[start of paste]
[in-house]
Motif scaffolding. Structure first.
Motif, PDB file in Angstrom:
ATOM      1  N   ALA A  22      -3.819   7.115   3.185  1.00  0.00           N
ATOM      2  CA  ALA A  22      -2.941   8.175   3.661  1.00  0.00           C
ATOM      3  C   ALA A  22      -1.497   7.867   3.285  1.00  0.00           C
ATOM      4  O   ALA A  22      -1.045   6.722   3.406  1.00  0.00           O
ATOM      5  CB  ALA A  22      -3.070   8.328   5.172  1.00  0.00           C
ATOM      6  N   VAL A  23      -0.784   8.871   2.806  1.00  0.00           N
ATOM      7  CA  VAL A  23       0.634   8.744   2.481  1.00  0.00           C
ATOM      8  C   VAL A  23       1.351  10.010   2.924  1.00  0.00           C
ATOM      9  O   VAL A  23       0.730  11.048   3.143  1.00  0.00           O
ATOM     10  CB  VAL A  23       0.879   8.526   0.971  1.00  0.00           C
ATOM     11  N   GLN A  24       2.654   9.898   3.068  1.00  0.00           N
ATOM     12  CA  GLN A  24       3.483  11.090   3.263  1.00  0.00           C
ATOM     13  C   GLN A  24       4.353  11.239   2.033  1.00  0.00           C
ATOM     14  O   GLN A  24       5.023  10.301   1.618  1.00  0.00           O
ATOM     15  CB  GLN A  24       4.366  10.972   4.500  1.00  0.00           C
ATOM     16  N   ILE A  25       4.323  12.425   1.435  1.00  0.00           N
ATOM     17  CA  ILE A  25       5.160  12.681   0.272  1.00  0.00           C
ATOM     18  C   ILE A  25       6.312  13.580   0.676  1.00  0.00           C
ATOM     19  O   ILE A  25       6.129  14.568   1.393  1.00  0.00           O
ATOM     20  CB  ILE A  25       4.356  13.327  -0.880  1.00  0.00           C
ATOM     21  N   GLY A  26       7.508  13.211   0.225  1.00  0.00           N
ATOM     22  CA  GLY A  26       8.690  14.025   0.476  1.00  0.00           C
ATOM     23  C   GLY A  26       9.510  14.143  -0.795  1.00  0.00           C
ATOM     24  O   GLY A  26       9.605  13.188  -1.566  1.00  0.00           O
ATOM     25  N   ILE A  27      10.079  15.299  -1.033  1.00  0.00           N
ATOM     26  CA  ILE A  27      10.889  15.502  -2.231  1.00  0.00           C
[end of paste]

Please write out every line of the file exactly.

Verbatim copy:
[in-house]
Motif scaffolding. Structure first.
Motif, PDB file in Angstrom:
ATOM      1  N   ALA A  22      -3.819   7.115   3.185  1.00  0.00           N
ATOM      2  CA  ALA A  22      -2.941   8.175   3.661  1.00  0.00           C
ATOM      3  C   ALA A  22      -1.497   7.867   3.285  1.00  0.00           C
ATOM      4  O   ALA A  22      -1.045   6.722   3.406  1.00  0.00           O
ATOM      5  CB  ALA A  22      -3.070   8.328   5.172  1.00  0.00           C
ATOM      6  N   VAL A  23      -0.784   8.871   2.806  1.00  0.00           N
ATOM      7  CA  VAL A  23       0.634   8.744   2.481  1.00  0.00           C
ATOM      8  C   VAL A  23       1.351  10.010   2.924  1.00  0.00           C
ATOM      9  O   VAL A  23       0.730  11.048   3.143  1.00  0.00           O
ATOM     10  CB  VAL A  23       0.879   8.526   0.971  1.00  0.00           C
ATOM     11  N   GLN A  24       2.654   9.898   3.068  1.00  0.00           N
ATOM     12  CA  GLN A  24       3.483  11.090   3.263  1.00  0.00           C
ATOM     13  C   GLN A  24       4.353  11.239   2.033  1.00  0.00           C
ATOM     14  O   GLN A  24       5.023  10.301   1.618  1.00  0.00           O
ATOM     15  CB  GLN A  24       4.366  10.972   4.500  1.00  0.00           C
ATOM     16  N   ILE A  25       4.323  12.425   1.435  1.00  0.00           N
ATOM     17  CA  ILE A  25       5.160  12.681   0.272  1.00  0.00           C
ATOM     18  C   ILE A  25       6.312  13.580   0.676  1.00  0.00           C
ATOM     19  O   ILE A  25       6.129  14.568   1.393  1.00  0.00           O
ATOM     20  CB  ILE A  25       4.356  13.327  -0.880  1.00  0.00           C
ATOM     21  N   GLY A  26       7.508  13.211   0.225  1.00  0.00           N
ATOM     22  CA  GLY A  26       8.690  14.025   0.476  1.00  0.00           C
ATOM     23  C   GLY A  26       9.510  14.143  -0.795  1.00  0.00           C
ATOM     24  O   GLY A  26       9.605  13.188  -1.566  1.00  0.00           O
ATOM     25  N   ILE A  27      10.079  15.299  -1.033  1.00  0.00           N
ATOM     26  CA  ILE A  27      10.889  15.502  -2.231  1.00  0.00           C